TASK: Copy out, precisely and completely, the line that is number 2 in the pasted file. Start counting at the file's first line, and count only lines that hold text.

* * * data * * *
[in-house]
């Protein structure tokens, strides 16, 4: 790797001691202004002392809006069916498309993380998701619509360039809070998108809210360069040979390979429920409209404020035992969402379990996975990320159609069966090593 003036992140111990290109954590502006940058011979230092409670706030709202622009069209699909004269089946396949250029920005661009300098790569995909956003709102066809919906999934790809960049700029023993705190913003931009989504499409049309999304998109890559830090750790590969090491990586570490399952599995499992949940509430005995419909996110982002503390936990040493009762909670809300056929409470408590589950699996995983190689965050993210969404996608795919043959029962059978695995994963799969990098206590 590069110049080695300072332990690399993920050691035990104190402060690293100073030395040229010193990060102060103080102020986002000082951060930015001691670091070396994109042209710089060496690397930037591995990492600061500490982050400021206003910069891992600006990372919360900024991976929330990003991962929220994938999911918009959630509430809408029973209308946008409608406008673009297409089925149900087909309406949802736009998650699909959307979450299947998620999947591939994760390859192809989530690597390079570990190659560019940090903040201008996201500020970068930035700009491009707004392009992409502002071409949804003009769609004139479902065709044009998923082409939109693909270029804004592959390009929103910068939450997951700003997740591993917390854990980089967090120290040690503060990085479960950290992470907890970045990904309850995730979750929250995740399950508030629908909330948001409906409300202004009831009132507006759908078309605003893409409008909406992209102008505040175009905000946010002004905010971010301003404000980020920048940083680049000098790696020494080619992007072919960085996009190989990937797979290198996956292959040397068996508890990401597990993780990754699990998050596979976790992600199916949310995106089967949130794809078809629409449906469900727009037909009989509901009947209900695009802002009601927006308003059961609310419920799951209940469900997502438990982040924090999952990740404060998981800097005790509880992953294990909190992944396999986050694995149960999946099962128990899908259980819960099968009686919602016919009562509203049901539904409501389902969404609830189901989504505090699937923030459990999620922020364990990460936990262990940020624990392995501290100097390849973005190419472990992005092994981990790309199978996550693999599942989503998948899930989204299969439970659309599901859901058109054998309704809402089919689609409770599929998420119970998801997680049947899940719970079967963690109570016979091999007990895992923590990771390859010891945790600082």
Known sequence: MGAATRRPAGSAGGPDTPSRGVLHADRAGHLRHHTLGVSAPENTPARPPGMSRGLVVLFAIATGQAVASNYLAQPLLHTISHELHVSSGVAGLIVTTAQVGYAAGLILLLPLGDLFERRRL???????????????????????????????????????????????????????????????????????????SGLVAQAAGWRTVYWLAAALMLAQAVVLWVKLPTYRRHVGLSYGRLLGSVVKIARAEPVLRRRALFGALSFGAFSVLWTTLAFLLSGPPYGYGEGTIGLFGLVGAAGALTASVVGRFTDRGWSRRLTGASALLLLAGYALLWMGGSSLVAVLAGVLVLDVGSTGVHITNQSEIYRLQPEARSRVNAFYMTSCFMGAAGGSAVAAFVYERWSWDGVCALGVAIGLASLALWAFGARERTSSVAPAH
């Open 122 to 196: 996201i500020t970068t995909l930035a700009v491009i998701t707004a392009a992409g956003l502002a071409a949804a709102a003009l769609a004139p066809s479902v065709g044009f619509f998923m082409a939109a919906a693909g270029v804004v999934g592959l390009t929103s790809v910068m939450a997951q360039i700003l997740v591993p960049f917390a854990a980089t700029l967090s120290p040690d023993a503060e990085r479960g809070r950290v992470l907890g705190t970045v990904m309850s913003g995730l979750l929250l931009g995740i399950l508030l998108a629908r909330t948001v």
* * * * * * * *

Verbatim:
């Protein structure tokens, strides 16, 4: 790797001691202004002392809006069916498309993380998701619509360039809070998108809210360069040979390979429920409209404020035992969402379990996975990320159609069966090593 003036992140111990290109954590502006940058011979230092409670706030709202622009069209699909004269089946396949250029920005661009300098790569995909956003709102066809919906999934790809960049700029023993705190913003931009989504499409049309999304998109890559830090750790590969090491990586570490399952599995499992949940509430005995419909996110982002503390936990040493009762909670809300056929409470408590589950699996995983190689965050993210969404996608795919043959029962059978695995994963799969990098206590 590069110049080695300072332990690399993920050691035990104190402060690293100073030395040229010193990060102060103080102020986002000082951060930015001691670091070396994109042209710089060496690397930037591995990492600061500490982050400021206003910069891992600006990372919360900024991976929330990003991962929220994938999911918009959630509430809408029973209308946008409608406008673009297409089925149900087909309406949802736009998650699909959307979450299947998620999947591939994760390859192809989530690597390079570990190659560019940090903040201008996201500020970068930035700009491009707004392009992409502002071409949804003009769609004139479902065709044009998923082409939109693909270029804004592959390009929103910068939450997951700003997740591993917390854990980089967090120290040690503060990085479960950290992470907890970045990904309850995730979750929250995740399950508030629908909330948001409906409300202004009831009132507006759908078309605003893409409008909406992209102008505040175009905000946010002004905010971010301003404000980020920048940083680049000098790696020494080619992007072919960085996009190989990937797979290198996956292959040397068996508890990401597990993780990754699990998050596979976790992600199916949310995106089967949130794809078809629409449906469900727009037909009989509901009947209900695009802002009601927006308003059961609310419920799951209940469900997502438990982040924090999952990740404060998981800097005790509880992953294990909190992944396999986050694995149960999946099962128990899908259980819960099968009686919602016919009562509203049901539904409501389902969404609830189901989504505090699937923030459990999620922020364990990460936990262990940020624990392995501290100097390849973005190419472990992005092994981990790309199978996550693999599942989503998948899930989204299969439970659309599901859901058109054998309704809402089919689609409770599929998420119970998801997680049947899940719970079967963690109570016979091999007990895992923590990771390859010891945790600082």